These are tokens in the natural world. But the moral world has also its tokens. Most men exhibit certain religious phenomena, from which, viewed in connection with the known influence of moral causes, we may estimate their prospects for eternity, and forecast the probabilities of their salvation.

Some of these are tokens for good. When, for instance, we see an individual apparently devoted to the service of God, displaying in his life the controlling power of repentance and faith, and manifesting the fruits of divine grace in the benevolence of his spirit, and the intensity of his efforts for the welfare of men; we feel a strong confidence that his piety is genuine, and that he will, at length, be "made meet for the inheritance of the saints in light." When, too, we behold an unrenewed person deeply serious about religion, sensible of his corruption and guilt, and inquiring, with anxious solicitude, "what he shall do to be saved,"-though we have still many fears that he will relapse into indifference, we are yet encouraged to hope that these impressions will terminate in vital conversion.

Most fervently could I wish that all men exhibited the cheering indications which have just been mentioned. But I cannot be insensible to the fact, that multitudes present appearances of a far different character, appearances which, to the spiritually instructed eye, are ominous of approaching ruin, and which fill the pious observer with emotions like those of the benevolent physician, when he discovers in the symptoms of his patient the certain presage of dissolution. In many a countenance of careless levity,-in many a brazen forehead, lifted in bold defiance against the thunder of the Omnipotent,-in many an indurated bosom, that repels, with adamantine apathy, the love of a crucified Redeemer-may be seen, displayed in appalling prominence, the "evident tokens of perdition."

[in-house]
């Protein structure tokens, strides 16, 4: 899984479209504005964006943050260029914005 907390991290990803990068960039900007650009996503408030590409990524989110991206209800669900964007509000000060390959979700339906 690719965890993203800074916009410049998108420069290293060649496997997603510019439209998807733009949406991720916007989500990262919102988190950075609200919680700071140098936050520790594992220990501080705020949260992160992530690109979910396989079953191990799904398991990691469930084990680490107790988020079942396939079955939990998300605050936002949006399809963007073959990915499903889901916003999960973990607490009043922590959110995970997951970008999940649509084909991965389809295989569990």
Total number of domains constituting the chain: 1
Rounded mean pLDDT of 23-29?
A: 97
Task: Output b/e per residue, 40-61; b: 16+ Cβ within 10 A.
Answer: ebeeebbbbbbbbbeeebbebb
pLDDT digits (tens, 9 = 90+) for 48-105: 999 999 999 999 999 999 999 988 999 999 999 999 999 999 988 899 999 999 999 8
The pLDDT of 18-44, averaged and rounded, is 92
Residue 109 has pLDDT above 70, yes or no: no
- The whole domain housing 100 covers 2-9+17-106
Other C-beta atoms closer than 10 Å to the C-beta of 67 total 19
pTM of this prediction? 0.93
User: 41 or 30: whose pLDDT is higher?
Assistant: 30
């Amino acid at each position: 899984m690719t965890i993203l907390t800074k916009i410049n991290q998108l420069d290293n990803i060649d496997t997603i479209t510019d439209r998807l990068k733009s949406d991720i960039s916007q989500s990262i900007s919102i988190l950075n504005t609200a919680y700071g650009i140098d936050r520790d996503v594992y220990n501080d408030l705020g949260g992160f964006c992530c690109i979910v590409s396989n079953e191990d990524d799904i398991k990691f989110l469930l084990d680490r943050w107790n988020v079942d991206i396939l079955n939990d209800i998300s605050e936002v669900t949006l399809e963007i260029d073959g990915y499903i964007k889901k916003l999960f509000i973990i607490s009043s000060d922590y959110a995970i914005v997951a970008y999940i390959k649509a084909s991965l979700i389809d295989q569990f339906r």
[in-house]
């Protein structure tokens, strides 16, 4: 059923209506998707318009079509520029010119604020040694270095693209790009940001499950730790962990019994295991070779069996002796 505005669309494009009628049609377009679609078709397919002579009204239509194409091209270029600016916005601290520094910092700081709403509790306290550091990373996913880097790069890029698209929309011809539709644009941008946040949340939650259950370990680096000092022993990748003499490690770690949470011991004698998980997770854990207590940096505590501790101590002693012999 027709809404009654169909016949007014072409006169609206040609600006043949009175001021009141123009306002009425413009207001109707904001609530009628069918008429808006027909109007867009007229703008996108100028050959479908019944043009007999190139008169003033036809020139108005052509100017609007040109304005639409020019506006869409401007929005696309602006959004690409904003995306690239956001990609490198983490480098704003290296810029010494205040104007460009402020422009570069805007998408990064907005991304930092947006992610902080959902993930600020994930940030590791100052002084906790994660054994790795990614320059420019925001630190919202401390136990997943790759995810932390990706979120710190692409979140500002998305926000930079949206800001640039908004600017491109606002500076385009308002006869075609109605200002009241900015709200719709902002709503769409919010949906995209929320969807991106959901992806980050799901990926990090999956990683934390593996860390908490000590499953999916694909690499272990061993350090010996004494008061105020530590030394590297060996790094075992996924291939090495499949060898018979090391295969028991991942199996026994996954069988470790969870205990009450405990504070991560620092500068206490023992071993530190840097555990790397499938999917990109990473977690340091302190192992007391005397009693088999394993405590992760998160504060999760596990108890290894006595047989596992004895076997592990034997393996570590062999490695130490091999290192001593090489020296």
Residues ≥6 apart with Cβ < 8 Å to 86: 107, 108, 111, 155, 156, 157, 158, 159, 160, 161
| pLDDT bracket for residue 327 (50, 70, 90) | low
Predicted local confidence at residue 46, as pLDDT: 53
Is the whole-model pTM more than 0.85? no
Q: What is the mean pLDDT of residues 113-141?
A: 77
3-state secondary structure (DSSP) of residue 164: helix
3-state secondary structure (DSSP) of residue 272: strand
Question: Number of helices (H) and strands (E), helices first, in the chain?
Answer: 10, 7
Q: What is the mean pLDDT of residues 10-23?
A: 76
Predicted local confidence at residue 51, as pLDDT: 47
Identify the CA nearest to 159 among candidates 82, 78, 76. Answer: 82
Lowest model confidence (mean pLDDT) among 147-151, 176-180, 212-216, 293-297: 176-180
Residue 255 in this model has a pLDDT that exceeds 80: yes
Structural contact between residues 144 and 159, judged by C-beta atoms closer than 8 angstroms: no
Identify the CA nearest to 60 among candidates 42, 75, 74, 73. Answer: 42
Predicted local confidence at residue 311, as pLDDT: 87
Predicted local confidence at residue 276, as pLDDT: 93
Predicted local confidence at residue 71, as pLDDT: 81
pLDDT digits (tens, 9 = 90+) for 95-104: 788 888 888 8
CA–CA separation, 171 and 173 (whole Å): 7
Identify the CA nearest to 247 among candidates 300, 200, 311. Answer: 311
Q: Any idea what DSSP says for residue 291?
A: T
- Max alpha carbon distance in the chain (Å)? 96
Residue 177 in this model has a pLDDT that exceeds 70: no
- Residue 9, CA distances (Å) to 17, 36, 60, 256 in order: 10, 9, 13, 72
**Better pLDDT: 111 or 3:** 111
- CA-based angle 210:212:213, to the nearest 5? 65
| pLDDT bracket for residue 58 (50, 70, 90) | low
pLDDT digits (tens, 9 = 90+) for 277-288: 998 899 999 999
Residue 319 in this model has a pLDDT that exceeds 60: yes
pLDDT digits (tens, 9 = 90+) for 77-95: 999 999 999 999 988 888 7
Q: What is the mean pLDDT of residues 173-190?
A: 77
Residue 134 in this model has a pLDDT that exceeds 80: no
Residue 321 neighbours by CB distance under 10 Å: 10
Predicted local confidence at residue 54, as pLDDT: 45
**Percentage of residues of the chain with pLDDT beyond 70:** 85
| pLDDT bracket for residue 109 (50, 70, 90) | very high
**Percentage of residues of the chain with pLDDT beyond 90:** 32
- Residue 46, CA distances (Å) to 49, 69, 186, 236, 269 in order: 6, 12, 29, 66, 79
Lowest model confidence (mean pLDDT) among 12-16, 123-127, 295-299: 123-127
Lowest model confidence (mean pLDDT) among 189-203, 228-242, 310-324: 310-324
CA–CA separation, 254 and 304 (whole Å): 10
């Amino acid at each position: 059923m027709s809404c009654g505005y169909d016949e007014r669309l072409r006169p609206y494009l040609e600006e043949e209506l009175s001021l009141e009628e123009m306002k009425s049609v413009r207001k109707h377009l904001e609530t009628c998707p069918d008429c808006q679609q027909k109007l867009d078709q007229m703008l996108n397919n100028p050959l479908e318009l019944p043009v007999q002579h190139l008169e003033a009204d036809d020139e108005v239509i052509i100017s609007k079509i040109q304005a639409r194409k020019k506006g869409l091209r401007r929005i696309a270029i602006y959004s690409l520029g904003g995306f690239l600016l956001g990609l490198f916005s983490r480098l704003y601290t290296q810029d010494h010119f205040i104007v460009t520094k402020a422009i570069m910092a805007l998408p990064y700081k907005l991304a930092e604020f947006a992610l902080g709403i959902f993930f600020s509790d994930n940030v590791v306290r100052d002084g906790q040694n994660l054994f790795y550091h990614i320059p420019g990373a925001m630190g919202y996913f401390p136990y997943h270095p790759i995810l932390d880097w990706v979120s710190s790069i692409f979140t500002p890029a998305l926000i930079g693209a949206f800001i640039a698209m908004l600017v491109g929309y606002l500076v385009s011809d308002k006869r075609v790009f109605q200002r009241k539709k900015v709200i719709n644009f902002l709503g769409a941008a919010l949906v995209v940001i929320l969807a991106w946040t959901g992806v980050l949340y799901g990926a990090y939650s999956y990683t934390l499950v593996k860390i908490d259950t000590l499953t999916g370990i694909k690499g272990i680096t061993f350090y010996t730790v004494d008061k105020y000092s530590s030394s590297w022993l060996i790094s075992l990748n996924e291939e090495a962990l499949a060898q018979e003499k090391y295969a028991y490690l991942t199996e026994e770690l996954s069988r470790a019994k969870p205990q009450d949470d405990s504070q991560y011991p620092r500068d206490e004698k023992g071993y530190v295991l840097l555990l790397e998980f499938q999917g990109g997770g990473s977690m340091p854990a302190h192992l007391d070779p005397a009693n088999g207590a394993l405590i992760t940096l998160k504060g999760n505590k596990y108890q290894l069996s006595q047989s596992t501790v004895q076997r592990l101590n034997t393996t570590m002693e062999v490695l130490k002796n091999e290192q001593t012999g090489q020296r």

But as those in whom these tokens are most clear and numerous, are usually least conscious of their existence, it will be my object distinctly to describe them.

Before entering upon this subject, however, I would wish to guard against misapprehension, by stating explicitly what we mean when we affirm that particular classes of unconverted men exhibit the omens of destruction. We do not mean that the salvation of such persons is impossible. We do not mean that God, provoked by their perseverance in sin, has withdrawn his Spirit, sealed up their hearts in impenetrable obduracy, and, in the exercise of his holy sovereignty, excluded them from mercy. It may, indeed, be so. Inspiration. assures us that He has often done this in the case of incorrigible sinners. But whether He has done it with respect to any who still live and enjoy the means of grace, is a question which lies far beyond the ken of mortals. It is not for short-sighted human vision to pierce the veil of eternity, and read, in the volume of Jehovah's deep and inscrutable counsels, the final destiny of any immortal being. The secrets of that volume Omniscience only can penetrate.

"Closed is the book to Gabriel's eye,
And sealed the doom it gives,
Nor dares the favorite angel pry
Between those folded leaves.